Difference between Sick and ILL

Key difference: Ill and Sick are two words of similar meaning generally used to refer the unwell or not desirable health state of an individual. Basically, the word ‘sick’ is an informal term used to refer the short-term diseases or ailments; while, the word ‘ill’ is more formally used to refer any long or short-term diseases or ailments.

Often, when there are cases of any unhealthy condition or when an individual is going through any complications or problems related to heath damage, people start pointing them as sick or ill. Hence, the terms ‘sick’ and ‘ill’ are used on a general basis for describing unhealthy or sick individuals. Though these terms are used in similar context, but they have a clear differentiation.

‘Sick’ is a term used to describe an individual suffering from short-term diseases or ailments, like flu, cold, cough, fever, sore throat, etc. it is also commonly used to refer for feeling like nausea. Sick is more likely of a feeling type which that particular individual feels, especially the feelings reflects to lowness or depressed type regarding some not happening experience in the body. In English, the term is considered to be informal in use; especially the Americans use it in their dialects.

On the other hand, ‘ill is a term used to describe a person suffering from some long or short-term diseases or ailments. Any individual who does not have a good health and who is suffering some health related issue for a too long time are refereed as ill individuals. Illness is a state of a person who is ill; also a person going through cancer or other pneumonia may also be considered as ill. While, a person affected with a minor fever or cold can also be called as ill. Like sick, ill also refers to a feeling of nausea. More often, the term ‘ill’ is more formal in use for referring to individuals who are sick.

Hence, both the terms are used for different context and places, as these words mean the same, can be used for different highlights. The word sick is informal, while, the word ill is formal in some contexts. But, when used for addressing or referring to some leave format, it is generally refereed to as sick leave and not ‘ill leave’.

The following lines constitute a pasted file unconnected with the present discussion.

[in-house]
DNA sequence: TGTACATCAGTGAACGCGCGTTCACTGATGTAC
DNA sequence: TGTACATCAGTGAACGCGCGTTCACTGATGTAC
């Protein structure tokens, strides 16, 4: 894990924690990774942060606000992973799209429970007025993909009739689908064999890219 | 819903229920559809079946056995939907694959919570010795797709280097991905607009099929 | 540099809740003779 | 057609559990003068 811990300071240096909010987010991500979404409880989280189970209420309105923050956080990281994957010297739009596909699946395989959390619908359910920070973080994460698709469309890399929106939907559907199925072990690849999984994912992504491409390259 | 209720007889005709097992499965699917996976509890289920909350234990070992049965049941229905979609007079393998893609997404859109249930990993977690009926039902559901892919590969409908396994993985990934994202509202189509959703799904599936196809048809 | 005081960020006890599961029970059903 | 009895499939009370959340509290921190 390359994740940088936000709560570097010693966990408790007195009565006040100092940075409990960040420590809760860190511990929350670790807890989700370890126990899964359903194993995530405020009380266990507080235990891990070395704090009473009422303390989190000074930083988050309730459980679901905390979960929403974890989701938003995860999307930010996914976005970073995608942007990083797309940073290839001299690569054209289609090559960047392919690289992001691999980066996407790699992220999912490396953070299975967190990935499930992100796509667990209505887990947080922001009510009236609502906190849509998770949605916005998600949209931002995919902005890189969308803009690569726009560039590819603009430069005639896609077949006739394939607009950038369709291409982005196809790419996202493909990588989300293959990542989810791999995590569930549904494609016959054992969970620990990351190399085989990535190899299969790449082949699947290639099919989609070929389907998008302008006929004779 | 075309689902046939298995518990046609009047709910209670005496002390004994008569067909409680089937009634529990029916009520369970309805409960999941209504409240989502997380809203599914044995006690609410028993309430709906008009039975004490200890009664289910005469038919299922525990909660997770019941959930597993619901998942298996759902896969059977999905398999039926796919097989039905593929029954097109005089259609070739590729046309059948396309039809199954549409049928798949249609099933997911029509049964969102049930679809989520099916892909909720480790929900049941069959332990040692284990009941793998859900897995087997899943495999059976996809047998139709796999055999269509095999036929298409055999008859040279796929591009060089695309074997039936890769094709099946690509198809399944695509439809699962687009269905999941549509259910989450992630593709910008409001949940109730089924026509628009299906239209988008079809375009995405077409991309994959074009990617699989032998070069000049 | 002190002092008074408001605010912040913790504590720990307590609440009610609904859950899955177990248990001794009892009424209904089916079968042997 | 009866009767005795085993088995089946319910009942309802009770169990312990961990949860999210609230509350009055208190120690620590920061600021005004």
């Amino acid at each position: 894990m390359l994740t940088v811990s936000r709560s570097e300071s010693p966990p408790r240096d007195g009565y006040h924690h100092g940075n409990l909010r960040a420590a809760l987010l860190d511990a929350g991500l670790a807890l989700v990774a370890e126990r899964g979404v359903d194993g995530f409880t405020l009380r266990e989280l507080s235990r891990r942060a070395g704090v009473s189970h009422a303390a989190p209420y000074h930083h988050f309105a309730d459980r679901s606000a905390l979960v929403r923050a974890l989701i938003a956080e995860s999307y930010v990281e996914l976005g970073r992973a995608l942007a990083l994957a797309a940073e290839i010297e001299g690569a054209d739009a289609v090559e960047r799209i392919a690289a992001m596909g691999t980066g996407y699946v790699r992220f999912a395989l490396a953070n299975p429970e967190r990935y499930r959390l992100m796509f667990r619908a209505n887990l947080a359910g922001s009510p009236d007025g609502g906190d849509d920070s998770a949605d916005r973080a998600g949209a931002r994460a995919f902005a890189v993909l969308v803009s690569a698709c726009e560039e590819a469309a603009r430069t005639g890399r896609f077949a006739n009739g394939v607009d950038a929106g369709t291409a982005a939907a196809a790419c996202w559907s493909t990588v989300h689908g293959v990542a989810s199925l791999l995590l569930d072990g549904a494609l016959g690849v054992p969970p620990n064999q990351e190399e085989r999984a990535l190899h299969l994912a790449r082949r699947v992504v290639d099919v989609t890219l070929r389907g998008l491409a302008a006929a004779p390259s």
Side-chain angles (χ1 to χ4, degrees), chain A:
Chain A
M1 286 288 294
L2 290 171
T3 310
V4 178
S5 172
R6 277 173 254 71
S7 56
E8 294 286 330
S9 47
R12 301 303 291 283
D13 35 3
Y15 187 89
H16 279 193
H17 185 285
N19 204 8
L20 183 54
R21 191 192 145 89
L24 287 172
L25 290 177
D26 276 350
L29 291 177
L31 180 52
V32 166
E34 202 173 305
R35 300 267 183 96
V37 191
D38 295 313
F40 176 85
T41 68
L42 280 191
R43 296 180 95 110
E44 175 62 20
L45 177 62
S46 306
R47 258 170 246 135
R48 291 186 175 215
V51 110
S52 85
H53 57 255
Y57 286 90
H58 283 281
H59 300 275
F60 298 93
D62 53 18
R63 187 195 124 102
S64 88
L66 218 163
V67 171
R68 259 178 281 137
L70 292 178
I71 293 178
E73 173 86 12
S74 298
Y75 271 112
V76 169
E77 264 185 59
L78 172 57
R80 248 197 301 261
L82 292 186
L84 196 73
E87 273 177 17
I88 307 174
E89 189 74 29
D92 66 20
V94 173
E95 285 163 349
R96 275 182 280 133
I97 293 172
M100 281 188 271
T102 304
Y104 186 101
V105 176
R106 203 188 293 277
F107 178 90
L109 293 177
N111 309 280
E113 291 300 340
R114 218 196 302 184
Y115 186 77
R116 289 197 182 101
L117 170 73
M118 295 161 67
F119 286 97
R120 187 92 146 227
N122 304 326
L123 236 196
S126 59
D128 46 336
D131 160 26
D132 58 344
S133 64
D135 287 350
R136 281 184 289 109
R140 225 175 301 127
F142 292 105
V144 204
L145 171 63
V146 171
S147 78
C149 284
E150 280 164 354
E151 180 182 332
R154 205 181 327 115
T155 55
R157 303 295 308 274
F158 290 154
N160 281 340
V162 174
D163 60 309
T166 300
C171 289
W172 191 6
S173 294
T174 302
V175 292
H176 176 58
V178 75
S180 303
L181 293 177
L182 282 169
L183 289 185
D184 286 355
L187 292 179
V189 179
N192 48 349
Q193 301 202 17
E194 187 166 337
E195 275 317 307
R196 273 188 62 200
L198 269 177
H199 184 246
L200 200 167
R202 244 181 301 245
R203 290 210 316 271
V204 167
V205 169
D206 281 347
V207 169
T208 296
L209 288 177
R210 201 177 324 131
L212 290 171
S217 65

Comparison between Ill and Sick:

 

Sick

ILL

Terms refers to

The term ‘sick’ suggests a sore throat.

The term, ‘ill’ suggests something serious like a stroke.

Straight examples

stomach sickness and vomiting

any kind of bodily distress

They are

informal word

formal slang

Means

feeling nauseous

feeling unwell

What types

sick is more trivial

ill is more serious

Who use them more in their dialects?

Americans seem to prefer ‘sick'

British seem partial to ‘ill'.

Disease and Ailment types

Short term diseases and ailments.

Long and Short term diseases and ailments.

Mostly used for referring

Non-humans tend only to be sick e.g. a sick cow, a sick joke, a sick economy.

Humans become ill.

Image Courtesy: kaplaninternational.com, smh.com.au

Most Searched in Education and References Most Searched in Food and Drink
Most Searched Non-Alcoholic Drinks Most Searched in Environment
Secret vs Top Secret
BBA vs BBM
Cricket vs Baseball
Lake vs River

Comments

Thank you so much for this substantial and clear explanation of the subject! I´ve added this link to a posting about this topic on my EFL edublog!

Add new comment

Plain text

CAPTCHA
This question is for testing whether or not you are a human visitor and to prevent automated spam submissions.